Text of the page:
Sex Really Complicates Things!

Drosophila melanogaster (Image by
Evolutionists have always looked at nature in an overly simplistic way. They are forced to do so by their preconceived notions. As I mentioned previously, evolutionists cannot begin to appreciate the complex nature of genetics. If they did, they would understand that mutations cannot possibly add information to the genome and, as a result, they would understand that evolution has strict limits. It can only “tinker” with the genetic information that already exists in a population in order to produce individuals that are more fit to survive certain conditions. We call that “microevolution.” It cannot produce fundamentally new and innovative biological structures, which is what is necessary for macroevolution to occur. Thus, while microevolution (which has been demonstrated in both nature and the lab) is consistent with what we know about genetics, macroevolution (which has never been demonstrated in nature or the lab) is not consistent with what we know about genetics.

Of course, evolutionists won’t give up their overly simplistic view of nature, because it is necessary in order for them to cling to their dogma. As a result, they make many predictions, which time and time again are falsified by the data. Not surprisingly, a detailed study of microevolution in the fruit fly known as Drosophila melanogaster has falsified yet another one of their predictions.

For you to understand the prediction and how it was falsified, you need a bit of background, which starts with bacteria. Bacteria are ideal organisms to study when it comes to microevolution, because they reproduce rapidly, it is very easy to keep and store large populations, and their genomes are simple compared to those of most other organisms. As a result, a lot of detailed studies have been done attempting to understand how microevolution occurs in bacteria. Typically, a population of bacteria is subjected to some kind of environmental stress, and over time, their genomes are tracked to see what happens. One very ambitious version of this kind of study has been going on for more than 40,000 generations now, and not surprisingly, only microevolution has happened. Nothing even approaching macroevolution has occurred.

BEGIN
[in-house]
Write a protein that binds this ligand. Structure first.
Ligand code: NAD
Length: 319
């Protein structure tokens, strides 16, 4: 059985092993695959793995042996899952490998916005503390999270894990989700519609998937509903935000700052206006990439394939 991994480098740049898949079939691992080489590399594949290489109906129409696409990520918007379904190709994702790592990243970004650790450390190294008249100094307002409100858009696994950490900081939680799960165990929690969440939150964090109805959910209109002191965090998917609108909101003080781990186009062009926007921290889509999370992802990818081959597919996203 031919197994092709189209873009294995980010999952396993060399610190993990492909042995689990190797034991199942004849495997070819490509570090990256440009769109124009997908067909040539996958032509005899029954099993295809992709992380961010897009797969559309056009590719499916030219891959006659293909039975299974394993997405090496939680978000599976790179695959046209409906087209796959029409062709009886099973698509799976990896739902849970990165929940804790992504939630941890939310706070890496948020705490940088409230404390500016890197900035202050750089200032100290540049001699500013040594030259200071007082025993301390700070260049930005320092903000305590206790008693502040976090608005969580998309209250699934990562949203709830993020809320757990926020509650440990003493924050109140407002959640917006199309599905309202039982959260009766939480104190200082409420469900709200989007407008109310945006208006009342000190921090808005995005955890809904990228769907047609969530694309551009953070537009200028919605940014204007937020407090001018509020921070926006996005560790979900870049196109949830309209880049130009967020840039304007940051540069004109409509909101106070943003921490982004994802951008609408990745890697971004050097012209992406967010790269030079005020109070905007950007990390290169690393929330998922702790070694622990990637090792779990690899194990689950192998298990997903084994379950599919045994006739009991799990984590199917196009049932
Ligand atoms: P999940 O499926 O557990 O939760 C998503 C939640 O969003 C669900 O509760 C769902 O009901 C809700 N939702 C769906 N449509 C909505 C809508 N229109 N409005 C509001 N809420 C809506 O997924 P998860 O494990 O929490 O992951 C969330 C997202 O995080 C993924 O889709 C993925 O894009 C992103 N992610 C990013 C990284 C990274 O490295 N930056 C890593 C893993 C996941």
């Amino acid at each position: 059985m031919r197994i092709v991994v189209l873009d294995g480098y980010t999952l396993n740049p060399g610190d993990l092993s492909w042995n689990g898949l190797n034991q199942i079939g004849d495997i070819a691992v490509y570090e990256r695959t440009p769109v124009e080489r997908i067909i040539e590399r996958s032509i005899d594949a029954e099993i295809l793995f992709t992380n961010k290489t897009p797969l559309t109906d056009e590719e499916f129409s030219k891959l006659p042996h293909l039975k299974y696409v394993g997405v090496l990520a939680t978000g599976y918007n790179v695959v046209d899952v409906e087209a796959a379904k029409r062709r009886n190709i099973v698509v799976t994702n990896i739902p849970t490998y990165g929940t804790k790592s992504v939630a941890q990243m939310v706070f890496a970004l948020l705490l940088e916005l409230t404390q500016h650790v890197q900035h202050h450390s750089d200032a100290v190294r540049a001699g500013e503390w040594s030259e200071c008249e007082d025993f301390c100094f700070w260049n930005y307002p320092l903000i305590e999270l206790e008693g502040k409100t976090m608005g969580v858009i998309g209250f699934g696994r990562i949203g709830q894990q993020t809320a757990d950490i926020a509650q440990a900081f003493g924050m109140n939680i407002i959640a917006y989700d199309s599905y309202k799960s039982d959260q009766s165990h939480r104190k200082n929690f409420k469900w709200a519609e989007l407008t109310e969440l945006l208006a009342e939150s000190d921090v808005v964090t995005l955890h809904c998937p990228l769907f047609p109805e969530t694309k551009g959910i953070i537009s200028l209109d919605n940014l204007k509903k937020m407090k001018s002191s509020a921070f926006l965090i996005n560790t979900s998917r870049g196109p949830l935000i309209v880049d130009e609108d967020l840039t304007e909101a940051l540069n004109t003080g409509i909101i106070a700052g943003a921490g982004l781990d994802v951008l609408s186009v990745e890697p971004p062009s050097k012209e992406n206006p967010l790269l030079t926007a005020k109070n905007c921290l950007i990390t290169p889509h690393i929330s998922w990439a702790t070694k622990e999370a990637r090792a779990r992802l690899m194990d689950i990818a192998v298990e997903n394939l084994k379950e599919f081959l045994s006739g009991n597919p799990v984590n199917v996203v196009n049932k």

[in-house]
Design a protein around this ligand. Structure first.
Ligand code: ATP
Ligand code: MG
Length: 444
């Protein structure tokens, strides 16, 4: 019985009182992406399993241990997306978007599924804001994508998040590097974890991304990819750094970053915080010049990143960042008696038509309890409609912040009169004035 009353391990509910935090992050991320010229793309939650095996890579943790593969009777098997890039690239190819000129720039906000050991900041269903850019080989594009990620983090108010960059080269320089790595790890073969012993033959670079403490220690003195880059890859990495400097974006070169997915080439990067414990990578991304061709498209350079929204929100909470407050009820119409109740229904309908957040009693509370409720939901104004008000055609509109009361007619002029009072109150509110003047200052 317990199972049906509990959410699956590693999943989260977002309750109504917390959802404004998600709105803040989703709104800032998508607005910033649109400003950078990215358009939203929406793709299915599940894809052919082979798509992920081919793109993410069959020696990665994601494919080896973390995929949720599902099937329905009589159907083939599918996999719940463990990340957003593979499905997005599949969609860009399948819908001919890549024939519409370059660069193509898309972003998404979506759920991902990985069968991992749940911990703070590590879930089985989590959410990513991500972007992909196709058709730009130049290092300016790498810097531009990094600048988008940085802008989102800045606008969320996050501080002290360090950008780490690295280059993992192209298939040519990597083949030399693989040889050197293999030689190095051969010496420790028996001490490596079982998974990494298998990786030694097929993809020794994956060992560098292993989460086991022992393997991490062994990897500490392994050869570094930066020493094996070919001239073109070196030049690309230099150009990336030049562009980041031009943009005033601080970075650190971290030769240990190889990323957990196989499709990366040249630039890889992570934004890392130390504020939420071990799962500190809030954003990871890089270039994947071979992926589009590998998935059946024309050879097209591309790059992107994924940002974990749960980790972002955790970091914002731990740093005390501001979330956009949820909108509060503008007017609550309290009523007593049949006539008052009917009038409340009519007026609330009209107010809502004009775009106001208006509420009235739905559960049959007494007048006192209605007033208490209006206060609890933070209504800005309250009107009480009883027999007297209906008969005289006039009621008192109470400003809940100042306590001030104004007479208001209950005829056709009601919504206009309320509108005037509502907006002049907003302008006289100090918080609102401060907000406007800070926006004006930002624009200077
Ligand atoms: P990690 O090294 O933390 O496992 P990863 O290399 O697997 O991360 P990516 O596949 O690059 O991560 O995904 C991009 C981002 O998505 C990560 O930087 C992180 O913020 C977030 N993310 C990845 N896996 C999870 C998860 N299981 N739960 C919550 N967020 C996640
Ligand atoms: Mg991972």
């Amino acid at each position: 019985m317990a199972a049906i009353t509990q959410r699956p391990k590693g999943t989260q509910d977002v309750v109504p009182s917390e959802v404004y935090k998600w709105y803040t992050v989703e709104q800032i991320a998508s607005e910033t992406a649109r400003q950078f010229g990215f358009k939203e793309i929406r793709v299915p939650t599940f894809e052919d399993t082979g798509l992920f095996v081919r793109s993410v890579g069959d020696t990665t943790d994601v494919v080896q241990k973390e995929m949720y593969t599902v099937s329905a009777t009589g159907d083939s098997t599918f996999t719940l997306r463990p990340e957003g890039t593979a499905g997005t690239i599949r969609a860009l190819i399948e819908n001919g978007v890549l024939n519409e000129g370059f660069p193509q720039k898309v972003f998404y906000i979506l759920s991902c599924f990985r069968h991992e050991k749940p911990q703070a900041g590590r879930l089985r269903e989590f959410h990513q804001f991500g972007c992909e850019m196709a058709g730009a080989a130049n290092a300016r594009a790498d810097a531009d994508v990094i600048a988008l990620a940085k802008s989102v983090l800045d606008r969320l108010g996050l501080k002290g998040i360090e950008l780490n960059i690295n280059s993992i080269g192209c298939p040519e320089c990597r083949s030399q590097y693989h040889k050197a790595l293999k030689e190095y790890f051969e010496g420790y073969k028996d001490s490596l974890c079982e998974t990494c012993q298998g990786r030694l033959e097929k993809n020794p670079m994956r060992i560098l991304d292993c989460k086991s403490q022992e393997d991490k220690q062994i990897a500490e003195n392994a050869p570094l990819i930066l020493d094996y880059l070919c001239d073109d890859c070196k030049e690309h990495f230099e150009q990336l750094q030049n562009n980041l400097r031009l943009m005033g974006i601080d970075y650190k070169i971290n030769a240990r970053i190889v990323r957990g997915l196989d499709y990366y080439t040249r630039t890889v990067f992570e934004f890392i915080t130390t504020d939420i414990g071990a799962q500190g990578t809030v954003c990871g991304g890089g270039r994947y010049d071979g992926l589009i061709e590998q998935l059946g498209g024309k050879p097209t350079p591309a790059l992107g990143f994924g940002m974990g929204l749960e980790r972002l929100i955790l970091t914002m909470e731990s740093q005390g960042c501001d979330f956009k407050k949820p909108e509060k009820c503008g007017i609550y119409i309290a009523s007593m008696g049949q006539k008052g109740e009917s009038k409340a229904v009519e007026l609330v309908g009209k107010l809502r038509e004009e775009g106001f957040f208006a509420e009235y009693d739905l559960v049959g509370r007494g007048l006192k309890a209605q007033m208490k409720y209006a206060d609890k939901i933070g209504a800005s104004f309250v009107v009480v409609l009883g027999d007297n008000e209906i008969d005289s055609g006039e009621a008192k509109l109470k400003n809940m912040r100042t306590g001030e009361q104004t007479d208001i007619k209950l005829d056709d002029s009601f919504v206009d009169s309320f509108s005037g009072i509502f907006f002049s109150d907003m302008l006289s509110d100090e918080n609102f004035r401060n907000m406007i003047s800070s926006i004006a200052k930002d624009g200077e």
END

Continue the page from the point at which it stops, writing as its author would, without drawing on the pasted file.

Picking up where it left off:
When you look at the details of these studies, however, some fascinating genetics are revealed. For example, when a bacterium develops a mutation that is clearly advantageous for its conditions, that mutation not only survives in future generations, but it quickly becomes the norm in the population. This makes perfect sense, since the bacteria with the advantage will propagate better than those without the advantage, so after many generations have passed, the population will consist mostly of those that have the advantage. In genetic terms, we say that the mutation becomes “fixed” in the population. Since this process is seen over and over again in such experiments, evolutionists have developed a term for it. They call it a “mutational sweep.”

So when bacterial microevolution is studied, it is characterized by mutational sweeps.1 A mutation that makes a bacterium more fit to survive will be quickly fixed, sweeping through the population until, after several generations, nearly every bacterium has that mutation.

Now here’s where the overly simplistic thinking of evolutionists comes into play. Evolutionists have assumed that when animals microevolve, the same thing happens. If a mutation occurs that is clearly advantageous for an animal, it will quickly sweep through the population so that, after several generations, nearly all individuals in the population will have that mutation. Why is this overly simplistic thinking? Because bacteria reproduce asexually, while most animals reproduce sexually. Sexual reproduction is quite a bit more complex than asexual reproduction (hence the title of this piece). Thus, to assume that microevolution occurs the same way in organisms that reproduce sexually and asexually is ridiculous. Nevertheless, that has been the reigning view in evolution…until now.